Recall that the Paley-Zygmund inequality states that if {Z} is a non-negative random variable with finite variance, then, for every {0\leq \delta \leq 1}, we have

\displaystyle  \mathop{\mathbb P} [ Z \geq \delta \mathop{\mathbb E} Z ] \geq (1-\delta)^2 \cdot \frac {(\mathop{\mathbb E} Z)^2}{\mathop{\mathbb E} Z^2} \ \ \ \ \ (1)

which follows by noting that

\displaystyle  \mathop{\mathbb E} Z = \mathop{\mathbb E} [ Z\cdot 1_{Z < \delta \mathop{\mathbb E} Z} ] + \mathop{\mathbb E} [ Z \cdot 1_{Z \geq \delta \mathop{\mathbb E} Z} \ ,


\displaystyle  \mathop{\mathbb E} [ Z\cdot 1_{Z < \delta \mathop{\mathbb E} Z} ] \leq \delta \mathop{\mathbb E} Z \ ,

and that

\displaystyle  \mathop{\mathbb E} [ Z \cdot 1_{Z \geq \delta \mathop{\mathbb E} Z}] \leq \sqrt {\mathop{\mathbb E} Z^2}\cdot \sqrt{\mathop{\mathbb E} 1_{Z \geq \delta \mathop{\mathbb E} Z}}

\displaystyle  = \sqrt {\mathop{\mathbb E} Z^2}\sqrt{\mathop{\mathbb P} [ Z \geq \delta \mathop{\mathbb E} Z] }

We apply the Paley-Zygmund inequality to the case {Z= S^2} and {\delta = 1/4}, and we derive

\displaystyle  \mathop{\mathbb P} \left[ S^2 \geq \frac 14 \right] \geq \left( \frac 34 \right)^2 \cdot \frac 13 = \frac 3{16}


Remark 1 The proof of Lemma 2 works even if {{\bf x} \sim \{-1,1\}^n} is selected according to a 4-wise independent distribution. This means that the algorithm can be derandomized in polynomial time.

Proof: (Of Lemma 3) Let us write {{\bf x}} as a linear combination of the eigenvectors

\displaystyle  {\bf x} = a_1 {\bf v}_1 + \cdots + a_n {\bf v}_n

where the coefficients can be computed as {a_i = \langle {\bf x}, {\bf v}_i\rangle}. Note that, by assumption, {|a_1| \geq .5}, and that, by orthonormality of the eigenvectors, {||{\bf x}||^2 = \sum_i a_i^2}.

We have

\displaystyle  {\bf y} = a_1\lambda_1^t {\bf v}_1 + \cdots + a_n \lambda_n^t{\bf v}_n

and so

\displaystyle  {\bf y}^T M {\bf y} = \sum_i a_i^2 \lambda_i^{2t+1}


\displaystyle  {\bf y}^T{\bf y} = \sum_i a_i^2 \lambda_i^{2t}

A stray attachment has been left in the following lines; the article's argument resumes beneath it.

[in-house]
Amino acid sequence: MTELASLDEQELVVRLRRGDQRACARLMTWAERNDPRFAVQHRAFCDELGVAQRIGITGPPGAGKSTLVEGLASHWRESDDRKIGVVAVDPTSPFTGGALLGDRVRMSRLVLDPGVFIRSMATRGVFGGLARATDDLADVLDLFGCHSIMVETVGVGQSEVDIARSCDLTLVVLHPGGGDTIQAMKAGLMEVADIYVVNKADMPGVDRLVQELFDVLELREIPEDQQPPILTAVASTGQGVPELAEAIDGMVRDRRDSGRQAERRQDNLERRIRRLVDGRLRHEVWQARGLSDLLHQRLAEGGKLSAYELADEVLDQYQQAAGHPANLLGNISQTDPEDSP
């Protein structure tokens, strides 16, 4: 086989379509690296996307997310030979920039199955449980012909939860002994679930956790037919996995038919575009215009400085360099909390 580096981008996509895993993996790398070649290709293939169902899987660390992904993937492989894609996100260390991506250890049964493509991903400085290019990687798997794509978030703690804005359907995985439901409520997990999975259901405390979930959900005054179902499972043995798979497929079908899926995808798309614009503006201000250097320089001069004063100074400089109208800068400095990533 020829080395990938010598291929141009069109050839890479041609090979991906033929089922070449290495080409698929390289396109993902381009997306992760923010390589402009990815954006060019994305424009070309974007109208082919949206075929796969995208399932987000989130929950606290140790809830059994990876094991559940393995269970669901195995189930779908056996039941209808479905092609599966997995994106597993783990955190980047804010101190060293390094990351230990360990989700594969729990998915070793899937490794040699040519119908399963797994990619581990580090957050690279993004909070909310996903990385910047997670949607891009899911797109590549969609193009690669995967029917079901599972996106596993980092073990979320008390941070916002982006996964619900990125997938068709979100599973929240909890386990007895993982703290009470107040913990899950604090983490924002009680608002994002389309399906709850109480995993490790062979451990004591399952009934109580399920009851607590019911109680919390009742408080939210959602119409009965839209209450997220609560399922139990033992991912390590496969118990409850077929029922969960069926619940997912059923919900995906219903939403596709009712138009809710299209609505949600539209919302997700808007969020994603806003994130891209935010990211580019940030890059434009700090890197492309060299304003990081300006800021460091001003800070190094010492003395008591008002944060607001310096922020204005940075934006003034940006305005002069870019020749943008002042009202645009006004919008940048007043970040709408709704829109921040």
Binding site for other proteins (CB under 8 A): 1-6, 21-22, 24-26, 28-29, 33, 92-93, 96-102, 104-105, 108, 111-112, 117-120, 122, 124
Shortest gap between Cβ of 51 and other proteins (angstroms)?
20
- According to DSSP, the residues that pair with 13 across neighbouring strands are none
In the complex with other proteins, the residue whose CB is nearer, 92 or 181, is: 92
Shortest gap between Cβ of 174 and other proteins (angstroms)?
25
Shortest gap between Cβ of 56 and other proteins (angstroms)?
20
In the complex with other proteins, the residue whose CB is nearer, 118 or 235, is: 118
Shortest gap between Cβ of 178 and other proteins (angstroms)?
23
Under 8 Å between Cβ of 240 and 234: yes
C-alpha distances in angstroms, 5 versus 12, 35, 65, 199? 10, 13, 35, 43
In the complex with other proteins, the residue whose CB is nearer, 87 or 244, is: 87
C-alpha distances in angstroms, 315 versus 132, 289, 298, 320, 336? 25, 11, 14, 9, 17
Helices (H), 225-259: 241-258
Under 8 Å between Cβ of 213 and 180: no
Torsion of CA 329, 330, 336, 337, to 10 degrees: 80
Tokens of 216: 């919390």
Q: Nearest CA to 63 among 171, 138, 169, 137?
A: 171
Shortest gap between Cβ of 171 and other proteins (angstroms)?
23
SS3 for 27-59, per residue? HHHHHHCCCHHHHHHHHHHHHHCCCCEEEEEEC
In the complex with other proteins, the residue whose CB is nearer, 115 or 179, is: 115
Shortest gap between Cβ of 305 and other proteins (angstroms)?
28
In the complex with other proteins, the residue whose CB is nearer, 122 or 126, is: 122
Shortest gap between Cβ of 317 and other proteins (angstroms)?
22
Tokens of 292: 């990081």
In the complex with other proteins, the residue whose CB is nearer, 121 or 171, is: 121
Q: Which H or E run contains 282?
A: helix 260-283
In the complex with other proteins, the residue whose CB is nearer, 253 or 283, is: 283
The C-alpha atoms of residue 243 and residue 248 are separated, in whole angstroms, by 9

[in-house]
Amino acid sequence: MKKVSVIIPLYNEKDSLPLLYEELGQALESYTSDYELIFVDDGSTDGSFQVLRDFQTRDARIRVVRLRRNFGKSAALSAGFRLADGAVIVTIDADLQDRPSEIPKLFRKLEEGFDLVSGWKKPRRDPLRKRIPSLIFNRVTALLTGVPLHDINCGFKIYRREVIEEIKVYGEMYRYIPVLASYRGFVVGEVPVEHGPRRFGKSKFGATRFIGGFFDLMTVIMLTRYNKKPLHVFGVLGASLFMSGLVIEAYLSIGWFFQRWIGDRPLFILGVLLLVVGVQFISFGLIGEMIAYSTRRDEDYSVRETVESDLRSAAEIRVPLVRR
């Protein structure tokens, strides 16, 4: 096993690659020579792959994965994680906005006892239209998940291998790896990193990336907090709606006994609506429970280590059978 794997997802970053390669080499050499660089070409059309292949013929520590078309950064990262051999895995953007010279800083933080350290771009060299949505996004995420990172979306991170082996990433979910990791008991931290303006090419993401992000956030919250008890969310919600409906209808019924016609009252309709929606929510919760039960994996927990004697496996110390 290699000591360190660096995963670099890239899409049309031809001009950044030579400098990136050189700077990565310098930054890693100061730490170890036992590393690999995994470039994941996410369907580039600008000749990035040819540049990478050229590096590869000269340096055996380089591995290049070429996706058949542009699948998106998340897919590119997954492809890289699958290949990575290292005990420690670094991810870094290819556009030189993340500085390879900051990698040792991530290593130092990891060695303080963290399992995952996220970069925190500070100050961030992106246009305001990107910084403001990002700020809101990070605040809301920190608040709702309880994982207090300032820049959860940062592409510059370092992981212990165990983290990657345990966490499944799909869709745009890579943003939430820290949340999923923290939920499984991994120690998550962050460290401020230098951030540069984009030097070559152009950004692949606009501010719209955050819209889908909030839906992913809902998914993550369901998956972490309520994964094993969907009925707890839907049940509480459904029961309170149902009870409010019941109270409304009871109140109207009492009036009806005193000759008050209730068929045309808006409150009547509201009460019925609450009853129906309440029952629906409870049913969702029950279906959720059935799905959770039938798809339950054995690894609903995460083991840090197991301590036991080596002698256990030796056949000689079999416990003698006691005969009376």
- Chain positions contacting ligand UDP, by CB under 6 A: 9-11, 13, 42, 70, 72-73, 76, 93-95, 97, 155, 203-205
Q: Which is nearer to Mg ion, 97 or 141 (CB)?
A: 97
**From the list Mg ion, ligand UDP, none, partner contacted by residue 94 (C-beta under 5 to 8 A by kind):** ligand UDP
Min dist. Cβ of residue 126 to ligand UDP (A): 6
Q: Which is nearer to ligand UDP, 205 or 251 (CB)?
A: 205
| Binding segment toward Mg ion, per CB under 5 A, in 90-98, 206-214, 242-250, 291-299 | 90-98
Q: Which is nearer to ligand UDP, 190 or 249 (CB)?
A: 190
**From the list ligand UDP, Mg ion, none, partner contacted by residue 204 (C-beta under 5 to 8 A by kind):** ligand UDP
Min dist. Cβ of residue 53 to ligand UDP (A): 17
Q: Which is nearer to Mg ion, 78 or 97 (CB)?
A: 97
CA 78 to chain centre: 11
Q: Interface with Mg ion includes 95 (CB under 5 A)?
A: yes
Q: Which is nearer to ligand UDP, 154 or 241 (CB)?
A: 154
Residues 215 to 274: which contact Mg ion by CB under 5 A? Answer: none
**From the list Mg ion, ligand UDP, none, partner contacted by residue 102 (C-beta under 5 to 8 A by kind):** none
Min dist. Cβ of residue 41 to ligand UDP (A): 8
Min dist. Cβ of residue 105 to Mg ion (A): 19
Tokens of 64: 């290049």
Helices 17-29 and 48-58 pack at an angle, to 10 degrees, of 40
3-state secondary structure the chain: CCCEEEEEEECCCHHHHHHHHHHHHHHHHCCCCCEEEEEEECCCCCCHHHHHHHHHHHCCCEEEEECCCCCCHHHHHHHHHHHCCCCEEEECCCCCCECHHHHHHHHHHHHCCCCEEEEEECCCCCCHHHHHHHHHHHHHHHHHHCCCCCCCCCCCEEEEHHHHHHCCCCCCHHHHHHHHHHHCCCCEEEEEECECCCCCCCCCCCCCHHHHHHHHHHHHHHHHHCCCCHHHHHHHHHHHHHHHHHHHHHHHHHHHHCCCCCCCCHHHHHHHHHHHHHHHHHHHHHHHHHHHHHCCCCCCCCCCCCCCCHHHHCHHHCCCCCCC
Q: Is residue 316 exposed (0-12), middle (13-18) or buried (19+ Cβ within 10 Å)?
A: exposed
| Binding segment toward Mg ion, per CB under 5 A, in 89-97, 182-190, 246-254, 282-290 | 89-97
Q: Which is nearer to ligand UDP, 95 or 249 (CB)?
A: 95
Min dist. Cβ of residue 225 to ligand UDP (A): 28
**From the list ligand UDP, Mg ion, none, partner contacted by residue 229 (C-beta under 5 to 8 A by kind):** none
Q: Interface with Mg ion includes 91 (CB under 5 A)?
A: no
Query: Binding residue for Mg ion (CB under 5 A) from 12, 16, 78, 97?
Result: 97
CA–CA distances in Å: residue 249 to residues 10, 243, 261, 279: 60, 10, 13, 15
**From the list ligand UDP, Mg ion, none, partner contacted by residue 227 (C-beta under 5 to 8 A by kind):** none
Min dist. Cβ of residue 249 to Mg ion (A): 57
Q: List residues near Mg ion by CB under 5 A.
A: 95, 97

We need to prove a lower bound to the ratio of the above two quantities. We will compute a lower bound to the numerator and an upper bound to the denominator in terms of the same parameter.

Let {k} be the number of eigenvalues larger than {\lambda_1 \cdot (1-\epsilon)}. Then, recalling that the eigenvalues are sorted in non-increasing order, we have

\displaystyle  {\bf y}^TM{\bf y} \geq \sum_{i=1}^k a_i^2 \lambda_i^{2t+1} \geq \lambda_1(1-\epsilon) \sum_{i=1}^k a_i^2 \lambda_i^{2t}

We also see that

\displaystyle  \sum_{i=k+1}^n a_i^2\lambda_i^{2t}

\displaystyle  \leq \lambda_1^{2t} \cdot (1-\epsilon)^{2t} \sum_{i=k+1}^n a_i^2

\displaystyle  \leq \lambda_1^{2t} \cdot (1-\epsilon)^{2t} \cdot ||{\bf x}||^2

\displaystyle  \leq 4 a_1^2 \lambda_1^{2t} (1-\epsilon)^{2t} ||{\bf x}||^2

\displaystyle  \leq 4 ||{\bf x}||^2 (1-\epsilon)^{2t} \sum_{i=1}^k a_i^2 \lambda_i^{2t}

So we have

\displaystyle  {\bf y}^T{\bf y} \leq (1 +4 ||{\bf x}||^2 (1-\epsilon)^{2t}) \cdot \sum_{i=1}^k a_i^2


\displaystyle  \frac{{\bf y}^T M {\bf y}}{{\bf y}^T{\bf y}} \geq \lambda_1 \cdot (1-\epsilon) \cdot \frac 1 {1+4 ||{\bf x}||^2 (1-\epsilon)^{2t}}


Remark 2 Where did we use the assumption that {M} is positive semidefinite? What happens if we apply this algorithm to the adjacency matrix of a bipartite graph?

2. Approximating the Second Eigenvalue

If {M} is a PSD matrix, and if we know a unit-length eigenvector {{\bf v}_1} of the largest eigenvalue of {M}, we can approximately find the second eigenvalue with the following adaption of the algorithm from the previous section.

Algorithm Power2

  • Input: PSD symmetric matrix {M\in {\mathbb R}^{n\times n}}, positive integer {t}, vector {{\bf v}_1}
  • Pick uniformly at random {{\bf x} \sim \{-1,1\}^n}
  • {{\bf x}_0:= {\bf x} - \langle {\bf v}_1,{\bf x} \rangle\cdot {\bf v}_1}
  • for {i:=1} to {t}

    • {{\bf x}_i := M{\bf x}_{i-1}}
  • return {{\bf x}_t}

If {{\bf v}_1,\ldots,{\bf v}_n} is an orthonormal basis of eigenvectors for the eigenvalues {\lambda_1 \geq \cdots \geq \lambda_n} of {M}, then, at the beginning, we pick a random vector

\displaystyle  {\bf x} = a_1 {\bf v}_1 + a_2 {\bf v}_2 + \cdots a_n {\bf v}_n